ADS Study: Reverse mortgage ADS confuse consumers

Ads for reverse mortgages contain confusing, incomplete and inaccurate statements that can pose serious risks to older Americans, results of a new federal study showed Thursday.

 The ads, which market a financial product typically targeted at seniors and often feature celebrity spokespeople, can "jeopardize retirement security if not used carefully," the study by the Consumer Financial Protection Bureau warned.
Reverse mortgages are complex loans that enable homeowners aged 62 and older to supplement their income by borrowing against the accrued equity in their dwellings. Repayment is usually deferred until the borrower dies, moves out of the home or sells it.
Reverse mortgage loans today comprise approximately 1% of the traditional U.S. mortgage market, with roughly 628,000 loans outstanding, the CFPB said, citing industry reports.
The study found that some of the dozens of seniors from three U.S. cities who viewed or read reverse mortgage ads as part of CFPB focus groups didn't realize the loans would have to be repaid in the future. Others said that mentions of Washington housing agencies or graphics featuring eagles and official seals left the mistaken impression that reverse mortgages were provided by the federal government.
Some of the ads shown to the focus groups "used incomplete or inaccurate language implying that borrowers cannot lose their homes, or that borrowers make no monthly payments," the study found.
Approximately half of the 97 reverse mortgage ads the CFPB said appeared in five large urban U.S. markets between March 2013 and March 2014 included "fine print" that addressed tax and insurance requirements, repayment terms and other important financial details.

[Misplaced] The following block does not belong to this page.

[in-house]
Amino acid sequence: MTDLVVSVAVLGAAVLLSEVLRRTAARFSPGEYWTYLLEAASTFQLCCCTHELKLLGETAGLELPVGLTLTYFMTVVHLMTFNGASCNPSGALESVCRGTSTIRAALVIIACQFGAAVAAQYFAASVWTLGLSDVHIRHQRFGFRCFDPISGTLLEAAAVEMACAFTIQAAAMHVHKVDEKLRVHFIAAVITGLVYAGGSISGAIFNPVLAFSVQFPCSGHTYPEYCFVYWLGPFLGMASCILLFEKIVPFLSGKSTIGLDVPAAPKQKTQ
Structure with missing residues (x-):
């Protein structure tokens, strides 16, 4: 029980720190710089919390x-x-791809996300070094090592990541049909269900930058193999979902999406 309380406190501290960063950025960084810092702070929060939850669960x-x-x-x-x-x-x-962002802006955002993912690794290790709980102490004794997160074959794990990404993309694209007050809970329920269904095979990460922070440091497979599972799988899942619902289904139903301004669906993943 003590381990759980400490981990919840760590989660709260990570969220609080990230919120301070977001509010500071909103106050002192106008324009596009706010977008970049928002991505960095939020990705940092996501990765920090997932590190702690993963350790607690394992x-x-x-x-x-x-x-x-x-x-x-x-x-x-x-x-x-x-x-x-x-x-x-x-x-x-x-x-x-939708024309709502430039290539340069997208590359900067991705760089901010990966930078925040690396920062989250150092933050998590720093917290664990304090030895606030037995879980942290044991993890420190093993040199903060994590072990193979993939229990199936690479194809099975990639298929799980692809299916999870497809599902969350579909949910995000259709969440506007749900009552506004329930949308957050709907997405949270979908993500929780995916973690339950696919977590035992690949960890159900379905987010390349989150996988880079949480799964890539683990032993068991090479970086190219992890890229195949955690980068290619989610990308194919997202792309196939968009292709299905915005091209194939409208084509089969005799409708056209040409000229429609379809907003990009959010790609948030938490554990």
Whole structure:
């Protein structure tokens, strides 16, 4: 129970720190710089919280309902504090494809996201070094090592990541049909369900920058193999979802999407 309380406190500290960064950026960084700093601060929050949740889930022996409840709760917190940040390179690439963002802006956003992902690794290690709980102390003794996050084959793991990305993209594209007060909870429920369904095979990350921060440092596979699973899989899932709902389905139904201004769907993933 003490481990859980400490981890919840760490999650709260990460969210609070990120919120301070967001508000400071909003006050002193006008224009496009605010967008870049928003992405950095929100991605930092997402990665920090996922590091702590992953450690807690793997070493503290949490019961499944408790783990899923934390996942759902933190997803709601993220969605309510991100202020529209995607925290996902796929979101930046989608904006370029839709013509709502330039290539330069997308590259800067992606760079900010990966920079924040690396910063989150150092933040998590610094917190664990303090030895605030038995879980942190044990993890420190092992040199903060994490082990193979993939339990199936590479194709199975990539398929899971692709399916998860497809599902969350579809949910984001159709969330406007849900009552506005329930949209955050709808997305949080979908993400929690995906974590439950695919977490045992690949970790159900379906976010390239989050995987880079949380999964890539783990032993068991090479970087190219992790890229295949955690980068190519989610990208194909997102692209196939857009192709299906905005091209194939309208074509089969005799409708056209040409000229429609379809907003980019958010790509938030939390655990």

But most of the older consumers in the focus groups "could not read the fine print in printed ads," the CFPB study found. Additionally, none of the consumers were able to read the fine print in televised versions of the ads.
Many of focus groups said the ads typically showed seniors playing golf, riding bicycles or pursuing other leisure activities. The depictions left the impression the ads "promoted living a good lifestyle while being young enough to enjoy it," or suggested traveling while younger seniors "still have their health," the study found.
However the CFPB study warned that obtaining a reverse mortgage at age 62 can be risky because "there is an increased likelihood that younger borrowers ... will outlive their loan funds," an outcome that may be less likely for older borrowers.
The findings raise concerns about marketing of reverse mortgages, loans that a 2011 USA TODAY report found have not saved seniors from defaulting on their taxes and homeowners insurance payments and potentially losing their homes to foreclosure.
"As older consumers consider reverse mortgage loans to tap into their home equity, they need to be careful of those late-night TV ads that seem too good to be true," said CFPB Director Richard Cordray. "It is important that advertisements do not downplay the terms and risks of reverse mortgages or confuse prospective buyers."
The National Reverse Mortgage Lenders Association shares consumers' concerns that all advertising should be accurate and has a code of professional responsibility with guidance for ethical advertising, said Peter Bell, the industry group's president.
The CFPB findings were based on input from consumers aged 62 or older who owned a home and had more than 50% equity in their primary residence. All had heard of but had never had a reverse mortgage, and each said they knew little or nothing about such loans.
Fifty nine participants took part in all, with 48 viewing or reading the ads in focus groups and 11 providing feedback in one-on-one interviews, the CFPB said.
The study findings build on a June 2012 report to Congress in which the consumer agency provided a broad overview of reverse mortgages.